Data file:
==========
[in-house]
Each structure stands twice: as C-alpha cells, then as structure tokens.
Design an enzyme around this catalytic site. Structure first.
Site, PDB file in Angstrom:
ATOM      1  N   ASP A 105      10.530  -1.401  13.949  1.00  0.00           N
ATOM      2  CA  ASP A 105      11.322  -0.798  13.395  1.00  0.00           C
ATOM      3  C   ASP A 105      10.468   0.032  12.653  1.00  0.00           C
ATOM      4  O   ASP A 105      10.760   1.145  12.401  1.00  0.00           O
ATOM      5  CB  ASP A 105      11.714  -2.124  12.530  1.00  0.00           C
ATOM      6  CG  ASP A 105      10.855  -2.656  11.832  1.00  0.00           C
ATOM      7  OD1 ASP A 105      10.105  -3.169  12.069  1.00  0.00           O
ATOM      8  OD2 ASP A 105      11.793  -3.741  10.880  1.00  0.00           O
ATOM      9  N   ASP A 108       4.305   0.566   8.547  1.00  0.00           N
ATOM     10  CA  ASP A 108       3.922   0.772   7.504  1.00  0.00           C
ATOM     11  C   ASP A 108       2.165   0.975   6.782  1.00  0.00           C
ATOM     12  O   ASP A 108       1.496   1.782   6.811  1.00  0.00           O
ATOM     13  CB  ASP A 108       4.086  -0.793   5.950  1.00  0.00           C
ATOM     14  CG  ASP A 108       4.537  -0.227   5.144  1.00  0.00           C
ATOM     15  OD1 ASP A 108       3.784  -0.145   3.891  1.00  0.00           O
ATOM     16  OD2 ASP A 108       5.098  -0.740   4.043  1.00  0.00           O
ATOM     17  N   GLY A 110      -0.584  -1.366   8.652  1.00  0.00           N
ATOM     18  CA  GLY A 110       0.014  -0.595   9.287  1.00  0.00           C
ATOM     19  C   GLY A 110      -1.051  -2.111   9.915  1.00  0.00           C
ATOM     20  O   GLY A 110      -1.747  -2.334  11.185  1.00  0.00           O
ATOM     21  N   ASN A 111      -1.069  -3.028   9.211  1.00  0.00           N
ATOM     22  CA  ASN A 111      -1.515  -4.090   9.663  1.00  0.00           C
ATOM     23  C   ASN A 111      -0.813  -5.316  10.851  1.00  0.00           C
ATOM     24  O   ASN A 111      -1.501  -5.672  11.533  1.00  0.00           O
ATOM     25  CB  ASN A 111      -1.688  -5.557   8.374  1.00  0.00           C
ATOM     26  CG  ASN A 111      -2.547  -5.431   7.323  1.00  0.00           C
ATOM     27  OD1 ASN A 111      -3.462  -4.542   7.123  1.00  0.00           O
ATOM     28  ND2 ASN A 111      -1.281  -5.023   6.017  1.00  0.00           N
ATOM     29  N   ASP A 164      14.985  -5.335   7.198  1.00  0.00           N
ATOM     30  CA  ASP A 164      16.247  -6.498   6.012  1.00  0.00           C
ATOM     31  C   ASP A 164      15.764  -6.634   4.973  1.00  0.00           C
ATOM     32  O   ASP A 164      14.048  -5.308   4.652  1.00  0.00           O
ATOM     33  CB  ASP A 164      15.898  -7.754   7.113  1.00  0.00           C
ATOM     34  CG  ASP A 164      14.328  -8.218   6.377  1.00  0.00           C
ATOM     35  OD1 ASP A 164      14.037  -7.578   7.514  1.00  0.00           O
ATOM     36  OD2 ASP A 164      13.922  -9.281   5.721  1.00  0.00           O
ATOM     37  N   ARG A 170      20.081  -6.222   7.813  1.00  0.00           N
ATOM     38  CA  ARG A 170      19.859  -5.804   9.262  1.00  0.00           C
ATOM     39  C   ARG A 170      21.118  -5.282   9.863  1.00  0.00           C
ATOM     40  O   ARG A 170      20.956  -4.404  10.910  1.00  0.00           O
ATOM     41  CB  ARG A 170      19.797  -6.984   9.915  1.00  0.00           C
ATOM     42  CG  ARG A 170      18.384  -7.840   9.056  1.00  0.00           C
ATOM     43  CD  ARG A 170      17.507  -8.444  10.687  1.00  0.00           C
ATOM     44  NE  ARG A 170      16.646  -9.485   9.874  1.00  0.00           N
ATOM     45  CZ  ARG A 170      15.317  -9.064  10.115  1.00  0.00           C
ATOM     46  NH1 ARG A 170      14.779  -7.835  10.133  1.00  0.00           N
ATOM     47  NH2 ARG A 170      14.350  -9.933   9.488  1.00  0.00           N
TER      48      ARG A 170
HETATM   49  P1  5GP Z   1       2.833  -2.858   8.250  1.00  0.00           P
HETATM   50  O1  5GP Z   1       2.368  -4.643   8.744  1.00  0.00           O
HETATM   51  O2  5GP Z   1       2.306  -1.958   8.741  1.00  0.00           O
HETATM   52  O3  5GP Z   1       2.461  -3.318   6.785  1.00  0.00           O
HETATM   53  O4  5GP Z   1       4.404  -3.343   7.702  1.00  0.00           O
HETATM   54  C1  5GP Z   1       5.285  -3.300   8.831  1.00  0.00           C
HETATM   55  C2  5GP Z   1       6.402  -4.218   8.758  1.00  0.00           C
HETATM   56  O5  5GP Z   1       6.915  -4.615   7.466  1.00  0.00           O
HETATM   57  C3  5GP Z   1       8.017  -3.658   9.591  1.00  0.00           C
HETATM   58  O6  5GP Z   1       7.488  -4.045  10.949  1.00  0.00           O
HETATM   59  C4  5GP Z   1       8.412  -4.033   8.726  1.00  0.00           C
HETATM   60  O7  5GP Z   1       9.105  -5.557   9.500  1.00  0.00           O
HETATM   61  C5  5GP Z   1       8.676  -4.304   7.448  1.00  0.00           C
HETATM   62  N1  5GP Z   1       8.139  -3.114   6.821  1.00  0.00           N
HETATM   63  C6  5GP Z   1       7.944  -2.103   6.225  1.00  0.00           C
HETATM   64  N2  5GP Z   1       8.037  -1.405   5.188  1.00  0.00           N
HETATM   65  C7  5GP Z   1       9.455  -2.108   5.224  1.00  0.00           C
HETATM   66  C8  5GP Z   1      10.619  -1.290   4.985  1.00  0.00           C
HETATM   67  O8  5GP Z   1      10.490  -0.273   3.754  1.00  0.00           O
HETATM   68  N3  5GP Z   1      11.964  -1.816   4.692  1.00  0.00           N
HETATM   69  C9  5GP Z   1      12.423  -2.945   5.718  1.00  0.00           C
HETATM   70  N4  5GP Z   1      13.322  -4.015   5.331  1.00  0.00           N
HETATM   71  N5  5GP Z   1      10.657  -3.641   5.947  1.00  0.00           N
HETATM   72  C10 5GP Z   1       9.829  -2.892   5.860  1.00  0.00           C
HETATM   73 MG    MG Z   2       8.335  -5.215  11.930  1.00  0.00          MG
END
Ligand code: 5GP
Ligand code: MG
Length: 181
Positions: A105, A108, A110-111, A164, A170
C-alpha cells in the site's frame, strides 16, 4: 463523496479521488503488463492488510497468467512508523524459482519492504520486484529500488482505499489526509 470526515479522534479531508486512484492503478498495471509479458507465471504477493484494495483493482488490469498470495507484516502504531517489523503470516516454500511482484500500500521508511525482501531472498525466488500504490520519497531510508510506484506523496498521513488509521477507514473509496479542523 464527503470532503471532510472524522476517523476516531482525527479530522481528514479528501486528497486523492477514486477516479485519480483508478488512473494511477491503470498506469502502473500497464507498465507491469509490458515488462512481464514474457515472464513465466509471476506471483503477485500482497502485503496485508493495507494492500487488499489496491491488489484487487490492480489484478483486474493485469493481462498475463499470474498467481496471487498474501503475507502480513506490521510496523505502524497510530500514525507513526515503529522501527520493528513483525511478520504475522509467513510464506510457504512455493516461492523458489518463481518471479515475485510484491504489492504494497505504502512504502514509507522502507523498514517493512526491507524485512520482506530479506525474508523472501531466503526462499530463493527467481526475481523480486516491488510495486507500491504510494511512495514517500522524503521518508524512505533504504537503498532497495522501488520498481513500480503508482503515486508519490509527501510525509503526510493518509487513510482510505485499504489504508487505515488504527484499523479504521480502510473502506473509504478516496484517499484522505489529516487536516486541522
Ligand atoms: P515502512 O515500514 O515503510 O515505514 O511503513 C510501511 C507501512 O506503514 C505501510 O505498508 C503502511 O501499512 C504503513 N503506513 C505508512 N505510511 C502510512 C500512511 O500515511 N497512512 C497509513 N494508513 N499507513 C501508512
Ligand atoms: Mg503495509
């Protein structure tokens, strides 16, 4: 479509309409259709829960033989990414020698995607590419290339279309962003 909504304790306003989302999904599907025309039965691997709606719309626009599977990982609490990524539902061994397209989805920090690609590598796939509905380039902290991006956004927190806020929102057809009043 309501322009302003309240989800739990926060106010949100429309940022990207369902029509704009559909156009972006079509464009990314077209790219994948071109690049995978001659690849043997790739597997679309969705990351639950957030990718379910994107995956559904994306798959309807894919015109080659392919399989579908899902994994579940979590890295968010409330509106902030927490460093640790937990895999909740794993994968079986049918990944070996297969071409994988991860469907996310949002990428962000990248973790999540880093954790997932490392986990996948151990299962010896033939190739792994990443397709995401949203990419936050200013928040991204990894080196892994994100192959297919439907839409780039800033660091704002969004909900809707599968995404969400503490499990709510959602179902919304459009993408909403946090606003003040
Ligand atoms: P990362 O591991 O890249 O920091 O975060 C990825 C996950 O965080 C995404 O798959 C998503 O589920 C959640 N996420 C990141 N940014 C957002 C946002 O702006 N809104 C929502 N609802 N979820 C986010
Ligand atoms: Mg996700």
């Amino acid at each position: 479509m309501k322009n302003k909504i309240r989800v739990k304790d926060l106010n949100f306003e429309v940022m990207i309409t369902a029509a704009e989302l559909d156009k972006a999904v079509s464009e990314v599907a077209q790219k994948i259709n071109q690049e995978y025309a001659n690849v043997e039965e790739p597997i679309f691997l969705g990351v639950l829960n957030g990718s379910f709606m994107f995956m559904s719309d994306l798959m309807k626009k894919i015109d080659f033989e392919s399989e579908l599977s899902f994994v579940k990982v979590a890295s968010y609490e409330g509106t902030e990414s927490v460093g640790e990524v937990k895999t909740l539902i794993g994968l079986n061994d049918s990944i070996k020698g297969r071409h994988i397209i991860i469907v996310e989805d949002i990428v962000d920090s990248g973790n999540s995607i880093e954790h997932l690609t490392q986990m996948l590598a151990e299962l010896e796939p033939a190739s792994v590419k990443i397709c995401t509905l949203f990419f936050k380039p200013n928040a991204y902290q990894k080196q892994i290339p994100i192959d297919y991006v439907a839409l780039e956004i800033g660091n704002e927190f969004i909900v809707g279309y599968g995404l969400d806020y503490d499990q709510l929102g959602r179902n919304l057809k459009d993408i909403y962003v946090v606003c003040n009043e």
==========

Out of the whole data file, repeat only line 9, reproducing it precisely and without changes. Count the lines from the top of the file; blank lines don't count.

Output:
ATOM      5  CB  ASP A 105      11.714  -2.124  12.530  1.00  0.00           C